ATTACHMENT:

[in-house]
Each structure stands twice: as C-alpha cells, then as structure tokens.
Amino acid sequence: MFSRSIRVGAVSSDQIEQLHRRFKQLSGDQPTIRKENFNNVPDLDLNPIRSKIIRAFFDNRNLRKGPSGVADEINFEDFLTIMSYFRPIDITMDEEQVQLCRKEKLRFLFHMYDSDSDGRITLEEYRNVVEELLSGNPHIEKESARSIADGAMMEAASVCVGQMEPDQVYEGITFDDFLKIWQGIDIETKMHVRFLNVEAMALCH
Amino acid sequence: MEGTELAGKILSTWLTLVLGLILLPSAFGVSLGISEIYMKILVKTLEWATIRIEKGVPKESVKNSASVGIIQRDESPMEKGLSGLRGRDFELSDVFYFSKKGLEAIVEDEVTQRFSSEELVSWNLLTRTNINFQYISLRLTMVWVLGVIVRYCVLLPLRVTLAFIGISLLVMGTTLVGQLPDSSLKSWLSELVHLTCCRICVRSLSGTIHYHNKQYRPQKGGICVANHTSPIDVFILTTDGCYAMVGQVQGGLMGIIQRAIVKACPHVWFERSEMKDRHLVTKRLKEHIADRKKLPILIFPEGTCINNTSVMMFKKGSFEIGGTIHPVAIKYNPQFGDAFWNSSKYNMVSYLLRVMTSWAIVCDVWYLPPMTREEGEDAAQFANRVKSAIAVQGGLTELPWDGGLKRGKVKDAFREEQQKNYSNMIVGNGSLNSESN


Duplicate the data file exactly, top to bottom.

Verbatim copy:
[in-house]
Each structure stands twice: as C-alpha cells, then as structure tokens.
Amino acid sequence: MFSRSIRVGAVSSDQIEQLHRRFKQLSGDQPTIRKENFNNVPDLDLNPIRSKIIRAFFDNRNLRKGPSGVADEINFEDFLTIMSYFRPIDITMDEEQVQLCRKEKLRFLFHMYDSDSDGRITLEEYRNVVEELLSGNPHIEKESARSIADGAMMEAASVCVGQMEPDQVYEGITFDDFLKIWQGIDIETKMHVRFLNVEAMALCH
Amino acid sequence: MEGTELAGKILSTWLTLVLGLILLPSAFGVSLGISEIYMKILVKTLEWATIRIEKGVPKESVKNSASVGIIQRDESPMEKGLSGLRGRDFELSDVFYFSKKGLEAIVEDEVTQRFSSEELVSWNLLTRTNINFQYISLRLTMVWVLGVIVRYCVLLPLRVTLAFIGISLLVMGTTLVGQLPDSSLKSWLSELVHLTCCRICVRSLSGTIHYHNKQYRPQKGGICVANHTSPIDVFILTTDGCYAMVGQVQGGLMGIIQRAIVKACPHVWFERSEMKDRHLVTKRLKEHIADRKKLPILIFPEGTCINNTSVMMFKKGSFEIGGTIHPVAIKYNPQFGDAFWNSSKYNMVSYLLRVMTSWAIVCDVWYLPPMTREEGEDAAQFANRVKSAIAVQGGLTELPWDGGLKRGKVKDAFREEQQKNYSNMIVGNGSLNSESN